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Moskwa, and their left upon the heights on the left bank of the Kologha : a division also occupied a fine position in front flanked by two woods. Bonaparte saw the importance of this height, and immediately determined to take it, which his' troops effected after a severe contest that lasted three hours. Two other heights crowned with redoubts, 100 paces distant, still rendered the position of the Russians strong and favourable; but the redoubts were scarcely half formed, and the Russian army was inuch inferior to Napoleon's, which might be reckoned at 150,000 men.

The emperor having carefully reconnoitred the Russian line during the 5th, was on the 7th, at two in the morning, surrounded by the marshals in the position taken the evening before. At half past five o'clock the sun rose without clouds; it had rained the preceding evening. “This is the sun of Austerlitz,' said Bonaparte. Though but the month of September, it was as cold as a December in Moravia. The army received the omen, the drum beat, and the following order of the day was read:

Soldiers ! behold the field of battle you have so much desired! henceforth victory depends on you; it is necessary to us; it will give us plenty, good quarters for the winter, and a speedy return to our country. Behave yourselves as you did at Austerlitz, at Friedland, at Vitepsk, at Smolensko; and that the latest posterity may speak of your conduct this day with pride that it may say of you, 'He was at that great battle under the walls of Moscow.' • At the Imperial Camp on the Heights of Borodino,

7th Sept. Two o'clock A. M.

The army answered with reiterated acclamations. The ground on which the army stood was spread with the dead bodies of the Russians killed the preceding day.

At six o'clock this dreadful battle, which can scarcely be equalled in the annals of history, commenced. A thousand

pieces of cannon spread death through the Russian ranks, who from their commanding heights dealt equal destruction among the French columns. But superior numbers and discipline prevailed, and in two hours the Russian positions in the centre were carried, and every effort to retake them frustrated. However, the French troops that stormed the redoubts to the right were successfully attacked and defeated. At this critical moment the Russian cominander brought forward his reserve, and commenced a most furious attack op the centre; but the French withstood the repeated shocks they sustained, and at two o'clock in the afternoon the Russians ceased their efforts. The cannonade still continued, but the battle in effect was closed.

It is extremely difficult to estimate the loss of the contending parties, as the French accounts are proverbial for exaggeration; nor does the Russian seem to deserve implicit belief. By taking a medium, the loss of Bonaparte might amount to about 20,000 men, in killed, wounded, and prisoners; that of the Russians to about 30,000. The emperor himself acknowledges that his loss would have been greater than the Russians, had not the latter persisted so long in their attacks upon the commanding positions he had gained.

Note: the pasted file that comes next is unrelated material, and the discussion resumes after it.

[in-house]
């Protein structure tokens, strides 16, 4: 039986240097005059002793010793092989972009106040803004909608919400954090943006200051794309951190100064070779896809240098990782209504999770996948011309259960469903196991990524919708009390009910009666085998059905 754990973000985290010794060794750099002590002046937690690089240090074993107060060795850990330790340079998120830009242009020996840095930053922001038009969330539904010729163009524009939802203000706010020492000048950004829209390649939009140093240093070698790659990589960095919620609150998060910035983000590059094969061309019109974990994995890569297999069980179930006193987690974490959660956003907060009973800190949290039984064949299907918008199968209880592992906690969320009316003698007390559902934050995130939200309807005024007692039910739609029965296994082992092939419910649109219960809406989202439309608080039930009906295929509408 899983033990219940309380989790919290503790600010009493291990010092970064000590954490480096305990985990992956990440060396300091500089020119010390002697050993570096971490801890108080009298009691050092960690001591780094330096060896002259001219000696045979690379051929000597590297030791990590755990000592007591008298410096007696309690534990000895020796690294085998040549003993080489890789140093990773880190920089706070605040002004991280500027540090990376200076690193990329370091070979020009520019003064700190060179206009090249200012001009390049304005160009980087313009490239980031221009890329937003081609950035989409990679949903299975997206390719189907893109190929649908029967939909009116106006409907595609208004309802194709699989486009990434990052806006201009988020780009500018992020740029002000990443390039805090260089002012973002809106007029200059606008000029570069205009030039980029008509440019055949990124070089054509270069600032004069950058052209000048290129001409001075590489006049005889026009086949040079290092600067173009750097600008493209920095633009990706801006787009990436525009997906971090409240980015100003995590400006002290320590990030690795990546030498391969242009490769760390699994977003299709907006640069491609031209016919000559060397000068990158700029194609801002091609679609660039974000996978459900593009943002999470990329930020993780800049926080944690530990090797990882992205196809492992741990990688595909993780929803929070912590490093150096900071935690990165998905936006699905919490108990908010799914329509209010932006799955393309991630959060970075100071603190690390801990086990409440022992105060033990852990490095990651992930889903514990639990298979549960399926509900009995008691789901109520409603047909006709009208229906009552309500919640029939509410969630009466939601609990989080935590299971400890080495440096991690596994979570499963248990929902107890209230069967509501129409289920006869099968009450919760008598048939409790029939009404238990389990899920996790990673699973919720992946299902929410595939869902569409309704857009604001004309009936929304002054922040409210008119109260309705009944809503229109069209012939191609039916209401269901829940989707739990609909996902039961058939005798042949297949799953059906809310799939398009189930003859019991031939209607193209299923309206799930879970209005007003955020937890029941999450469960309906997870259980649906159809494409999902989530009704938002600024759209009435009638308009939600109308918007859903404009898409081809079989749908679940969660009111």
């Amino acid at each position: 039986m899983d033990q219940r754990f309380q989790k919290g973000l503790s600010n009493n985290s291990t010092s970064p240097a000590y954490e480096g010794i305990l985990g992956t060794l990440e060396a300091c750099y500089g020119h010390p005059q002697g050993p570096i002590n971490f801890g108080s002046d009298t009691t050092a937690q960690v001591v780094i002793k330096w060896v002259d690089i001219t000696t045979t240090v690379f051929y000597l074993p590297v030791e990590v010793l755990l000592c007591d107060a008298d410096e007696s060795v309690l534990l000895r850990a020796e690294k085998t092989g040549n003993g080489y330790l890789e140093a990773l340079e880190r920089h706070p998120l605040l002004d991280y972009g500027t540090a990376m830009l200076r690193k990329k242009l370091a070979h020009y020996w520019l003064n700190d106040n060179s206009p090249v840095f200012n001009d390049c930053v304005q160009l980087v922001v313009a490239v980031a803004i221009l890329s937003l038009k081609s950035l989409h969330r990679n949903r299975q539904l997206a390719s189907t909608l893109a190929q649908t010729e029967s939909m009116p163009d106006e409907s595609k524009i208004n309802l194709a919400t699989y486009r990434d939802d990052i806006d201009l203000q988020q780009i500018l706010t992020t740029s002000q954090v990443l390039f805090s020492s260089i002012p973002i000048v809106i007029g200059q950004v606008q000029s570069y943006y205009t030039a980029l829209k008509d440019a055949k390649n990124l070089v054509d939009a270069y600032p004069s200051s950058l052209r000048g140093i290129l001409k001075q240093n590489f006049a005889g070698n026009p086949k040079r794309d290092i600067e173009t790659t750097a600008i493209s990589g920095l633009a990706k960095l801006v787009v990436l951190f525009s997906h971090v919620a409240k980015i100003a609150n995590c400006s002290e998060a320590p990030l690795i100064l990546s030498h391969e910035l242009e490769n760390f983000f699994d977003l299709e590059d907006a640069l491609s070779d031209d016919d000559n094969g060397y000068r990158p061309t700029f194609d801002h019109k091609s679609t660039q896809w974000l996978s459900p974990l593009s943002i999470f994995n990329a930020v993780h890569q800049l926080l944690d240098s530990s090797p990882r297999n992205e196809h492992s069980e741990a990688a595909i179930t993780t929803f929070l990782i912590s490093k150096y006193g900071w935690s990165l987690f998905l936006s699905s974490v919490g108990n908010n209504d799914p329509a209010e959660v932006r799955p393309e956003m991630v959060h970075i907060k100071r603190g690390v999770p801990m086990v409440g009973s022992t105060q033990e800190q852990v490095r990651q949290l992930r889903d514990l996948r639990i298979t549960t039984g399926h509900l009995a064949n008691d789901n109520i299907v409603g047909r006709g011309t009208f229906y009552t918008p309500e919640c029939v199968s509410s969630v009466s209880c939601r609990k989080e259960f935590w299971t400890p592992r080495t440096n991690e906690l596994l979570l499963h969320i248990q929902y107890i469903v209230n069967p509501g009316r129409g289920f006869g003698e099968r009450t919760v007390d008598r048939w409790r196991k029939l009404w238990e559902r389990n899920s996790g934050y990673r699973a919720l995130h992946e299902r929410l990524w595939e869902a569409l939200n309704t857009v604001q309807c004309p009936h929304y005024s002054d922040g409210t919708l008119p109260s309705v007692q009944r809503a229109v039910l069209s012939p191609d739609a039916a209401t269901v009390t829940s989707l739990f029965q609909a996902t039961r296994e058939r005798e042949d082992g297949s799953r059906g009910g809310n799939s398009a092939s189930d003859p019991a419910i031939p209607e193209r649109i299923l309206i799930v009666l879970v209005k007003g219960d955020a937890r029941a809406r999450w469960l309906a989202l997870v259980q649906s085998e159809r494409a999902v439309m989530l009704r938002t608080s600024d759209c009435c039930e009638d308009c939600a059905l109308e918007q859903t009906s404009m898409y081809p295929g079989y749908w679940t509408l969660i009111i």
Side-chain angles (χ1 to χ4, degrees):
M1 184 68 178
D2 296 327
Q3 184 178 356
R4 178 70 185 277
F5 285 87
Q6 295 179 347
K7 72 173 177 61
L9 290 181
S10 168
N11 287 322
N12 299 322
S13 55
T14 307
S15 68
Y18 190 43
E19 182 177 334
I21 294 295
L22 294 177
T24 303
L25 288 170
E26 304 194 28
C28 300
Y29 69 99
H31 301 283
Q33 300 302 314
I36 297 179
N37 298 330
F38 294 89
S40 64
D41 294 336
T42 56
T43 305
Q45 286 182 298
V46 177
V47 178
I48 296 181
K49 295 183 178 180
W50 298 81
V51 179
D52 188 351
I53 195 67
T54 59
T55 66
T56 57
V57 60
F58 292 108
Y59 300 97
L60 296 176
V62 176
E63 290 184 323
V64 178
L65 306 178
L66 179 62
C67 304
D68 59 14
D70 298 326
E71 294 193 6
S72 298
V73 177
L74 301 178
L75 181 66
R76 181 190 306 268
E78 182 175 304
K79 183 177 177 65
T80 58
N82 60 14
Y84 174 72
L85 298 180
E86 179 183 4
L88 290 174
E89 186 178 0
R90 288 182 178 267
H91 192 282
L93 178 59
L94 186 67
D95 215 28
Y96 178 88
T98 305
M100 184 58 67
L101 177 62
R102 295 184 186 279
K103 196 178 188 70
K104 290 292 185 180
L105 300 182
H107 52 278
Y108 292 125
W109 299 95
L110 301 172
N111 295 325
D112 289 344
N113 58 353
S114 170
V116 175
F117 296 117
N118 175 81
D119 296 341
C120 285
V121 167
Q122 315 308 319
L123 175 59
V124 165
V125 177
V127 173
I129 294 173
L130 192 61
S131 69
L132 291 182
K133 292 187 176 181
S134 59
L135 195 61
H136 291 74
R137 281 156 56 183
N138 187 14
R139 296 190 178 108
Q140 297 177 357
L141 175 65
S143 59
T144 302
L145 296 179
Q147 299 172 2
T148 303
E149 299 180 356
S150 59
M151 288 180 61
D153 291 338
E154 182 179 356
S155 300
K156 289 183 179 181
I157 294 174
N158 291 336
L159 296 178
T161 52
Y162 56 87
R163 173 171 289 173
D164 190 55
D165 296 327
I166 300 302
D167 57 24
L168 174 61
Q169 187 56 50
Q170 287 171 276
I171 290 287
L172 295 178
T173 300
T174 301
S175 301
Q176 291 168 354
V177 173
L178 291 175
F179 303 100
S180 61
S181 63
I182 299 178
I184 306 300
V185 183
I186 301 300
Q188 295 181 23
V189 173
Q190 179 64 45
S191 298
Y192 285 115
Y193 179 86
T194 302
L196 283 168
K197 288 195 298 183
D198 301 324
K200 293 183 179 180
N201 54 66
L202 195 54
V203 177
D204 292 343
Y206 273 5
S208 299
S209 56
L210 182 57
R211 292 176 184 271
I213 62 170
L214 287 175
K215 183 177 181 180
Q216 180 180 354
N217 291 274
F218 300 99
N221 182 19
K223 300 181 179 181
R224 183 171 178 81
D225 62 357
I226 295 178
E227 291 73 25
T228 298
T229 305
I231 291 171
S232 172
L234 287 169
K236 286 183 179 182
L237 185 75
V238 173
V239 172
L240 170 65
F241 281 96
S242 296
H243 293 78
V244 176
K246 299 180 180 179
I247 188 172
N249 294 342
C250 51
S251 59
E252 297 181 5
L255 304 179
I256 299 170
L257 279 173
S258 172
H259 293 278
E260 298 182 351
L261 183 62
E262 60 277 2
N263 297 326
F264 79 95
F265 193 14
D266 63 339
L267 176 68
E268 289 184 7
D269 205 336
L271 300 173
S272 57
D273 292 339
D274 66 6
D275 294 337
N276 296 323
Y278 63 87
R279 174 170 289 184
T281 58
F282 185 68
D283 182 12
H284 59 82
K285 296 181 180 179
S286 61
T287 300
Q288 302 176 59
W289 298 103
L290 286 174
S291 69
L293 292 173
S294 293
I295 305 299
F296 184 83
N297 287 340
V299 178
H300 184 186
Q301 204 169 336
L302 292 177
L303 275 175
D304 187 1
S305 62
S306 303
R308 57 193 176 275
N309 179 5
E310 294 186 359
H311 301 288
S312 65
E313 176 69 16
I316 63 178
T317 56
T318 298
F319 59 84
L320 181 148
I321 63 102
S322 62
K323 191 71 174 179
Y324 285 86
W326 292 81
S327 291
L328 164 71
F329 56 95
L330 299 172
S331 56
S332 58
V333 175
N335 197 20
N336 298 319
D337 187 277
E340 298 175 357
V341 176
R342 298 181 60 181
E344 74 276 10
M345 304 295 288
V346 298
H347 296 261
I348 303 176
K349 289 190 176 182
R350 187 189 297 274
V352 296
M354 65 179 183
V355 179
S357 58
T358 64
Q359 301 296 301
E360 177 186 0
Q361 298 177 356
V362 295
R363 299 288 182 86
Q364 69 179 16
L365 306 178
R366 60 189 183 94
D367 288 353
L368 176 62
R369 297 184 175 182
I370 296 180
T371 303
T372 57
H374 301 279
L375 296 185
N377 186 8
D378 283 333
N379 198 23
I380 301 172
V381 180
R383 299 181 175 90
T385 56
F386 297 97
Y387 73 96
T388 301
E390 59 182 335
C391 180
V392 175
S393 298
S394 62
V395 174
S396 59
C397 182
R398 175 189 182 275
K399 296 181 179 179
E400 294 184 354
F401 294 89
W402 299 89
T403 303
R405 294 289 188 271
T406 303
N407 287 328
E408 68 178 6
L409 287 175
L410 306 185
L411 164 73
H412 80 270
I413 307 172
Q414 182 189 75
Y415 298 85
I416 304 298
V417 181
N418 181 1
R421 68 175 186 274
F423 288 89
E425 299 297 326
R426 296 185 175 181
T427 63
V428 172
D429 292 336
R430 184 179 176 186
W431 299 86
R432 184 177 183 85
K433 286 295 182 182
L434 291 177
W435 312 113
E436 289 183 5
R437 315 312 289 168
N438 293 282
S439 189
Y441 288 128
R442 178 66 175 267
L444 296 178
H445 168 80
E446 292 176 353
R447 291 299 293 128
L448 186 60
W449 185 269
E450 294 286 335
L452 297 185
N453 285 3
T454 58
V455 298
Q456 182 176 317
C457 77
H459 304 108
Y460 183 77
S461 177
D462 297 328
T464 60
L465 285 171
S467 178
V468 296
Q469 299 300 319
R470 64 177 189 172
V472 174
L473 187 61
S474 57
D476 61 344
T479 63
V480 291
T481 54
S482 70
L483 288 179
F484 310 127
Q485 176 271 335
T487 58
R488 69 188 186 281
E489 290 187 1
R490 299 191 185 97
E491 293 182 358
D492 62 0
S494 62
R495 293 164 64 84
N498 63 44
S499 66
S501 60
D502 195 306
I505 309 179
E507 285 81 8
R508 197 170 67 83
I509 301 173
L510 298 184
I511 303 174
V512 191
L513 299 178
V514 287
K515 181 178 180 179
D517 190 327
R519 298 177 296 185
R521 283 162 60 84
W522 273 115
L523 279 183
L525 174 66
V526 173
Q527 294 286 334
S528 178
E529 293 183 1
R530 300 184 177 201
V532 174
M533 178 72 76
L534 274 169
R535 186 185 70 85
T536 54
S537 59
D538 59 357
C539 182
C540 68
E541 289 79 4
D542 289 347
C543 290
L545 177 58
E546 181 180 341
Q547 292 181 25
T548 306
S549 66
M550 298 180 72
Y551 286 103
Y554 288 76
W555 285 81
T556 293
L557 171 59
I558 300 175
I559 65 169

Both armies immediately after the combat seem to have paused, in order to reorganize their shattered divisions. The Russian army was commanded by the gailant Kutousoff,* who

Field Marshal Prince Kutusoff, the saviour of Russia, the conqueror of Bonaparte, and the worthy rival of our own Wellington, is a Prince of the Russian empire by hereditary descent, and the representative of one of its most ancient and honourable families. He is on all hands acknowledged to be an officer of great experience, and of undoubted bravery, active, vigilant, and enterprising ; yet, like the guardian genius of the Peninsula, well qualified by prudent coolness to adopt measures of a very different tendency when absolutely necessary.

In Russia, civil rank is nothing except when regulated by the gradations of the military scale; nor will personal or hereditary nobility give muy precedence at court, unless accompanied by military rank-a regu

had joined the army a few days preceding, bringing with him his veterans from Turkey, with whom the Emperor Alexander had judiciously concluded a peace. Kutousoff, however, after this battle, found his positions occupied ; and as there

lation established by the Great Peter, whose comprehensive mind ...most foresaw the events of later days.

In consequence of this, the young Prince Kutousoff entered very early into the army, proceeding regularly through the various gradations, in which he had many opportunities of secing service during the campaigns in Poland, in 1769, and a few years afterwards in the Turkish war, under Romanzow and Gallitzin. In those campaigns he also had the advantages of forming his military character under the Princes Dolgorucki and Repnin, and General Milarodowitz, whose con has since so gallantly seconded him in the late glorious events.

Through scenes like these he, though little known in England till of late years, has risen in his native country to the character of an old and tried veteran, a true Russian patriot, beloved by all ranks of his countrymen, and adored by the soldiers who followed his fortunes, thus fitting himself for that choice which adopted him as the worthiest competitor of Bonaparte himself.